Having the No. 1 pick in the NFL draft can help a team improve quickly if it makes a good selection, especially if a quarterback is the choice. When the Cardinals used the top overall pick in this year’s draft on QB Kyler Murray — and subsequently traded 2018 first-round QB Josh Rosen — it appeared that they were going all-in on the Oklahoma alum. But head coach Kliff Kingsbury seems like he’s trying to paint a different picture about the team’s plans.
The Cardinals traded up for the No. 10 pick in 2018’s draft and used it on Rosen, but he delivered an underwhelming performance in his rookie season as the Cardinals finished a league-worst 3-13. As the draft drew closer, grew that the Cardinals planned to open the draft by taking Murray. But with last year’s 10th pick on the roster, people wondered what the Cardinals would do with Rosen if they decided to draft Murray because teams typically don’t give up on a first-round quarterback after just one season in the league.
The drama ends quickly on draft day
When the draft started, the Cardinals wasted little time taking Kyler Murray with the top pick. Rosen was still on the roster at that point, but adding Murray immediately rendered him expendable. The Cardinals solved that problem the next day when they traded Rosen to the quarterback-needy Dolphins in exchange for a second-round pick in this year’s draft and a fifth-rounder next year. That appeared to solve the Cardinals’ dilemma about what to do at the quarterback position in 2019 and beyond.
Kingsbury: “We’ll see” who the starting quarterback is
About a week after the Cardinals drafted Kyler Murray, Kingsbury went on “The Jim Rome Show” and explained that the team made that pick because Murray has “too great a skill set to pass up.” With such a good skill set, you would think the first-year coach would be excited to name Murray the starter for the team’s Week 1 home game against the Lions. But that may not be the case.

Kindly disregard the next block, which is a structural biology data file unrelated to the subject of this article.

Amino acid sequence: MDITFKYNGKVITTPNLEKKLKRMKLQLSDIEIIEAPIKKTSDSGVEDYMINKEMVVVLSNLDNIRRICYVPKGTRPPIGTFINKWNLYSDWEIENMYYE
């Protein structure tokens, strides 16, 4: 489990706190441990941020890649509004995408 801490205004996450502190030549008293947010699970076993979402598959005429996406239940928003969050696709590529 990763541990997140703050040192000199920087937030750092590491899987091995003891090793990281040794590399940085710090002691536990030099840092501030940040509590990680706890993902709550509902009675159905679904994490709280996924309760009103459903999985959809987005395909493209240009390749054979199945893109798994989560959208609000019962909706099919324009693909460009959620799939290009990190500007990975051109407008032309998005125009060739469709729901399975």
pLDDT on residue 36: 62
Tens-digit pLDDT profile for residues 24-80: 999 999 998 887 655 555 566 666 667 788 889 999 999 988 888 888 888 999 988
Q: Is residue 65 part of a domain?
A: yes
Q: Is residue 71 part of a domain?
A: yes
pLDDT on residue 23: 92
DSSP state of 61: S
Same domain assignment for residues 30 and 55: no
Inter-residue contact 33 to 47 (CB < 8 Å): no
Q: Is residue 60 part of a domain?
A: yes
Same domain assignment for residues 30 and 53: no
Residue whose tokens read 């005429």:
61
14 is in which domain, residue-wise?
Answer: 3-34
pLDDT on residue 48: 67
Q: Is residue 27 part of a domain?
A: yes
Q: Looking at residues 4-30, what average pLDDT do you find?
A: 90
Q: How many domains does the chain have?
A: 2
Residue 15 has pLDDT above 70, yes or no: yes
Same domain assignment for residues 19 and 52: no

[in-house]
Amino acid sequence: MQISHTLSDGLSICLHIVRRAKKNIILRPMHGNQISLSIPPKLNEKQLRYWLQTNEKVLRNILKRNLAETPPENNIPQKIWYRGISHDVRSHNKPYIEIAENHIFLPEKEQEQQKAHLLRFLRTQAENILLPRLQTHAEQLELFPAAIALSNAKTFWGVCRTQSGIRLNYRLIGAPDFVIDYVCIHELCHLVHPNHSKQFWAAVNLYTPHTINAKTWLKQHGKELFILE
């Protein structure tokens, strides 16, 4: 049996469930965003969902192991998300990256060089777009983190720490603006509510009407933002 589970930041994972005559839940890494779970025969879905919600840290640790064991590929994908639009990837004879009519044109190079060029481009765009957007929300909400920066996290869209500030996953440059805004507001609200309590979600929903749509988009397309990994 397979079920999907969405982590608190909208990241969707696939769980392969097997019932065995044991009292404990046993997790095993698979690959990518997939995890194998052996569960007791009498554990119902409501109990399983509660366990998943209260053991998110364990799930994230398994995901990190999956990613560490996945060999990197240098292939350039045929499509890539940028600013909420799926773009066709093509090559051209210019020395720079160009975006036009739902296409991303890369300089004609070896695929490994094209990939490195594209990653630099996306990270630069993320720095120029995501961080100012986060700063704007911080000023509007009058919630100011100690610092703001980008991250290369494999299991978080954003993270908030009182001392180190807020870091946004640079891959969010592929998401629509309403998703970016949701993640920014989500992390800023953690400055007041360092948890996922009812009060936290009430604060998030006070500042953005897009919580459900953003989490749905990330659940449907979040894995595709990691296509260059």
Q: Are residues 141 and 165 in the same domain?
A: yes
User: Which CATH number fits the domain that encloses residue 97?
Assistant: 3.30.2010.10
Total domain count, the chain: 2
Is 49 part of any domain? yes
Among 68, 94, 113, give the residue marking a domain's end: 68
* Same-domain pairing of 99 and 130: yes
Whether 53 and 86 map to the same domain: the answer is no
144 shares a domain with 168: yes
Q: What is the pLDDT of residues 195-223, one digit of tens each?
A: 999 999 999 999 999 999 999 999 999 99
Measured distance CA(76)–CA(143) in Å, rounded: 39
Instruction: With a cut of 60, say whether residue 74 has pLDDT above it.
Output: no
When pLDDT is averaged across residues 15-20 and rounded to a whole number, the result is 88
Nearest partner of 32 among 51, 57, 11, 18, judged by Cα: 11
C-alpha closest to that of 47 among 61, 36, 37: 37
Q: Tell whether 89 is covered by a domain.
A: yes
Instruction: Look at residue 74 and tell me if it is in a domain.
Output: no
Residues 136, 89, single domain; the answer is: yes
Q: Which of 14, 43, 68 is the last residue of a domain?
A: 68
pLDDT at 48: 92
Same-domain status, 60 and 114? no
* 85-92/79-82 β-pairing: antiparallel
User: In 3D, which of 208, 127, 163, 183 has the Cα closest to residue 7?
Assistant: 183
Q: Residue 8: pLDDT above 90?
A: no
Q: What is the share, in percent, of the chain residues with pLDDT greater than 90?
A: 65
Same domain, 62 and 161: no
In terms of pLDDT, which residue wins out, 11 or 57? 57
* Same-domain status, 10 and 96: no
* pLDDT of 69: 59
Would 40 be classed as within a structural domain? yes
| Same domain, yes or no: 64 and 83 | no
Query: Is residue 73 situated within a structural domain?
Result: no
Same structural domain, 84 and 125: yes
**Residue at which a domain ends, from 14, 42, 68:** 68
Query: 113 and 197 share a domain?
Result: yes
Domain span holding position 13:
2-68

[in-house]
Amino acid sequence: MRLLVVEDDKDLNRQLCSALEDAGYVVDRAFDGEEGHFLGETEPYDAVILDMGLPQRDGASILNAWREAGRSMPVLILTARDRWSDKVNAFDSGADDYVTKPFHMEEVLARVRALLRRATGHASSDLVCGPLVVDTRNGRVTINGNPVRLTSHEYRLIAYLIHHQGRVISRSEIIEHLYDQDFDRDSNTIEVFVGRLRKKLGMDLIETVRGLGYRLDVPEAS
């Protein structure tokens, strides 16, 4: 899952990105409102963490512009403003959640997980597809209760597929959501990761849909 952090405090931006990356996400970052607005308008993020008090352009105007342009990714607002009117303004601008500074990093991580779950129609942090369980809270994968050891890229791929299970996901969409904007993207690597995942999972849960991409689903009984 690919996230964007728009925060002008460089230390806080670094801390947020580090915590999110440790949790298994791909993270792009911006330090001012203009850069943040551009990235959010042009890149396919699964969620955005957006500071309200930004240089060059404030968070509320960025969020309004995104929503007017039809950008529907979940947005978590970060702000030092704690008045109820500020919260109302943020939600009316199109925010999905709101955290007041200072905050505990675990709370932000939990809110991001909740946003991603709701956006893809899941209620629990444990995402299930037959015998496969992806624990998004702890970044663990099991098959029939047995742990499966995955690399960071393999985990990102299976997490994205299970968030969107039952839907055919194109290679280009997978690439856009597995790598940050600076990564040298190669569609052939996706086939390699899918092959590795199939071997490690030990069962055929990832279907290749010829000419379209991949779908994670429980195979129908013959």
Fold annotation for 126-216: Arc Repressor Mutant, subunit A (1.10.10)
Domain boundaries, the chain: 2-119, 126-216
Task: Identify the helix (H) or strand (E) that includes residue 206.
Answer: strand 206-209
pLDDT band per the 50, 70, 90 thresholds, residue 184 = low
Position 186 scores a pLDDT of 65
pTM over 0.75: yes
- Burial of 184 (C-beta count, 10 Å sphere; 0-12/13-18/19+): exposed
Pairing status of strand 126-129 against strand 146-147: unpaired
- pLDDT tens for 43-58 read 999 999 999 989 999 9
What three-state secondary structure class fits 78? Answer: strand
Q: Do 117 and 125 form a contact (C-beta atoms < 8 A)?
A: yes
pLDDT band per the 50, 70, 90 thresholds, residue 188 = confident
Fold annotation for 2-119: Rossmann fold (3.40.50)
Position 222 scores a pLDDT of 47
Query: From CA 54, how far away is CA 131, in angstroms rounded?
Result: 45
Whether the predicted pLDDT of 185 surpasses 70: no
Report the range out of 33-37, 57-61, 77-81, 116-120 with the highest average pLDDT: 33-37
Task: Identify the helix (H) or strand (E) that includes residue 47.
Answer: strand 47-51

Later in the Rome interview, when discussing who would start at quarterback when the season begins, Kingsbury said, “we’ll see. We’re still working through all those things. We have Brett Hundley here who we’re very excited about.”
Kyler Murray vs. Brett Hundley
Kingsbury is right that the Cardinals have Brett Hundley, but that doesn’t mean the Cardinals should be starting him. To date, he has spent his career as Aaron Rodgers’ backup with the Packers. He has played 15 games in his career, including nine starts in 2017. Hundley completes nearly 61% of his passes, but that is pretty much where his decent stats end. He has thrown for 1,836 yards, or 204 yards per start, with nine touchdowns and 12 interceptions.
Murray obviously hasn’t taken a snap in the NFL yet, but he put up bewildering numbers in his only season as a full-time starter at Oklahoma in 2018. He completed 69% of his passes, for 4,361 yards and 42 touchdowns with just seven interceptions. Those stats may be inflated because the Big 12 is known for its offense, but Murray played good enough to win the Heisman Trophy last season.
It may take a few games for Murray to adjust to playing against NFL defenses, so he may get off to a slow start, but that would happen whether he plays this season or sits a year and becomes the starter in 2020. One advantage to making him the starter this season is that he will have veteran WR Larry Fitzgerald to throw to. There’s a good chance that the 35-year-old Fitzgerald will retire after this season and won’t be on the field for Murray to use as a security blanket in 2020.